Volunteers may be exposed to the negative consequences of dealing with human suffering, such as compassion fatigue. However, very little is known about the protective factors that contribute to their resilience. The aim of this study was to analyze the extent to which different strengths (psychological endurance, purpose, and social support), orientations to happiness, and compassion satisfaction predict volunteers' resilient outcomes (subjective well-being and post-traumatic growth) and compassion fatigue. Participants were 116 Spanish Red Cross volunteers (77.8% women). They were separately classified into three groups (low, medium, and high) according to the 33rd and 66th percentile scores on each resilient outcome. Univariate analyses of variance and post-hoc comparisons computed separately showed significant differences in most factors analyzed, except compassion fatigue. Logistic regressions revealed that endurance, organization support, and eudaimonia allowed for the correct classification of 83.3% of those high in post-traumatic growth (82.2% of the true-positives and 84.4% of the true-negatives). In addition to endurance and organization support, purpose was the strongest predictor of well-being (85.7% were correctly classified, 82.8% of the true-negatives and 88.2% of the true-positives). Finally, lower endurance predicted compassion fatigue (65.7% and 61.3% of the true-negatives and 69.4% of the true-positives). Findings indicate ways to promote resilience among volunteers.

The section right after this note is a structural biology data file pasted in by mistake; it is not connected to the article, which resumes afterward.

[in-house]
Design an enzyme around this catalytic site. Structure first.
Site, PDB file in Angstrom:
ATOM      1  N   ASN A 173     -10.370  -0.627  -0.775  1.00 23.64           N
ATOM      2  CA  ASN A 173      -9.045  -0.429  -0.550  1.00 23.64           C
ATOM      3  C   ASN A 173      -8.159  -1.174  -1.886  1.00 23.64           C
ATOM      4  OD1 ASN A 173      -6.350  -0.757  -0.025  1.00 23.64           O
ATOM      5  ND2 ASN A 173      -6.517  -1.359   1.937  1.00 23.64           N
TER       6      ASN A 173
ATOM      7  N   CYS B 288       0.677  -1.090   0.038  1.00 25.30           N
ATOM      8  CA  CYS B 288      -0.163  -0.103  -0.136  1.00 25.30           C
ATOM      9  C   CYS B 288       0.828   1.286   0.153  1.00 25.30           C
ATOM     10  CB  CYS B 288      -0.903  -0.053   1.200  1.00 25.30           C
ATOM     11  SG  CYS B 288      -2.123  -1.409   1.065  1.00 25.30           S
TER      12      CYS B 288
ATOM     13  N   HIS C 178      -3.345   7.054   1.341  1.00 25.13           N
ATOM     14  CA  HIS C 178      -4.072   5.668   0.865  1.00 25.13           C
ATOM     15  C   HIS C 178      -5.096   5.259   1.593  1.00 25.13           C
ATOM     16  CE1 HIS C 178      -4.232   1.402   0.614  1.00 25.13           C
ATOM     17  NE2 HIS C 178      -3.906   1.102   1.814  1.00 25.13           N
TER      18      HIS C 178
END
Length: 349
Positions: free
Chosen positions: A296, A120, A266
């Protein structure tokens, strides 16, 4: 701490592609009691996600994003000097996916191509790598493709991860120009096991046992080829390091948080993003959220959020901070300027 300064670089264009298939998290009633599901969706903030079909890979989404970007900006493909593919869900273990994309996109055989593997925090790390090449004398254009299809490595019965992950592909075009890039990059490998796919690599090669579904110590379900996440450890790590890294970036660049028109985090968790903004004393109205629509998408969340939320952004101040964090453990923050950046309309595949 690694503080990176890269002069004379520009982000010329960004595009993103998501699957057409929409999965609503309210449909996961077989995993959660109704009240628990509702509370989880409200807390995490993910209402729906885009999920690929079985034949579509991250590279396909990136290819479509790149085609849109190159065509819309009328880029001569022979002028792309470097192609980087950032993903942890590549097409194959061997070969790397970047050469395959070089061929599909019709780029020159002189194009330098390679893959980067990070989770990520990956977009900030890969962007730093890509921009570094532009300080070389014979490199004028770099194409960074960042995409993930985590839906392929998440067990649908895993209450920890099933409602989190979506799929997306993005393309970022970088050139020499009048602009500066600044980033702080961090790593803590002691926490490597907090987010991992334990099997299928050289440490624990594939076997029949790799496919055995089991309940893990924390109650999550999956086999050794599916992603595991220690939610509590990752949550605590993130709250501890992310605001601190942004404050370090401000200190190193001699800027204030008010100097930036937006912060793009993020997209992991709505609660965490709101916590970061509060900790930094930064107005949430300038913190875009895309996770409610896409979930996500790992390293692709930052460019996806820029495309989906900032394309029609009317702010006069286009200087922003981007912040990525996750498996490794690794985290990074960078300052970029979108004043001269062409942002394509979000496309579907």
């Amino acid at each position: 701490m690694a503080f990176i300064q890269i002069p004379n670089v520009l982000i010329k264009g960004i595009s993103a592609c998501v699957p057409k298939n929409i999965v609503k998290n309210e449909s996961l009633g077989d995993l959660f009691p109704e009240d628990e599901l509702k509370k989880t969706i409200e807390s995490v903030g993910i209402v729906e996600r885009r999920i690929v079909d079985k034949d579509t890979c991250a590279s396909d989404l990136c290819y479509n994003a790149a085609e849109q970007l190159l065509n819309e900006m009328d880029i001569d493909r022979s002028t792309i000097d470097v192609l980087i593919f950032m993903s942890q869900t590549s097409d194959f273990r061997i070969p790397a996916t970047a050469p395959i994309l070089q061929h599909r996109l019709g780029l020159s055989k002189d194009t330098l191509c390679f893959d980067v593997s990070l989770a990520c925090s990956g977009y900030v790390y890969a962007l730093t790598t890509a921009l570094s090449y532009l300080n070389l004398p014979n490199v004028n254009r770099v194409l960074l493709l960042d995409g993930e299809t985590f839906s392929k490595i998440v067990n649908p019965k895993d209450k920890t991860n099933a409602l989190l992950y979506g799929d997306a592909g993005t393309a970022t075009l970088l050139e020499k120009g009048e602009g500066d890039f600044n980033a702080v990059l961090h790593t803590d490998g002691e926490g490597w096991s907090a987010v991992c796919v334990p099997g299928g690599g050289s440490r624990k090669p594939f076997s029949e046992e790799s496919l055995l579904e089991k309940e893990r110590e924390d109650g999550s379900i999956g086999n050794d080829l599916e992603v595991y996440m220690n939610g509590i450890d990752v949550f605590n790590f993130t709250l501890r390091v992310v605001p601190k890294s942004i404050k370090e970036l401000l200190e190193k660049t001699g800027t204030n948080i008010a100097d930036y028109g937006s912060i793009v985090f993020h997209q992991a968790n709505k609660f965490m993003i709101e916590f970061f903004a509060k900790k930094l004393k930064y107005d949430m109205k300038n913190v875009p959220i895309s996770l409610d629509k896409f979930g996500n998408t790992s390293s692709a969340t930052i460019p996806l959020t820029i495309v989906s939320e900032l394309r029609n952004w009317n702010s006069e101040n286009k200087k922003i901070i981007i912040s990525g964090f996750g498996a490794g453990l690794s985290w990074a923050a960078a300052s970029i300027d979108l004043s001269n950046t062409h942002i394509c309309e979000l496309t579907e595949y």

Keywords: compassion fatigue; compassion satisfaction; happiness; post-traumatic growth; resilience; volunteers; well-being.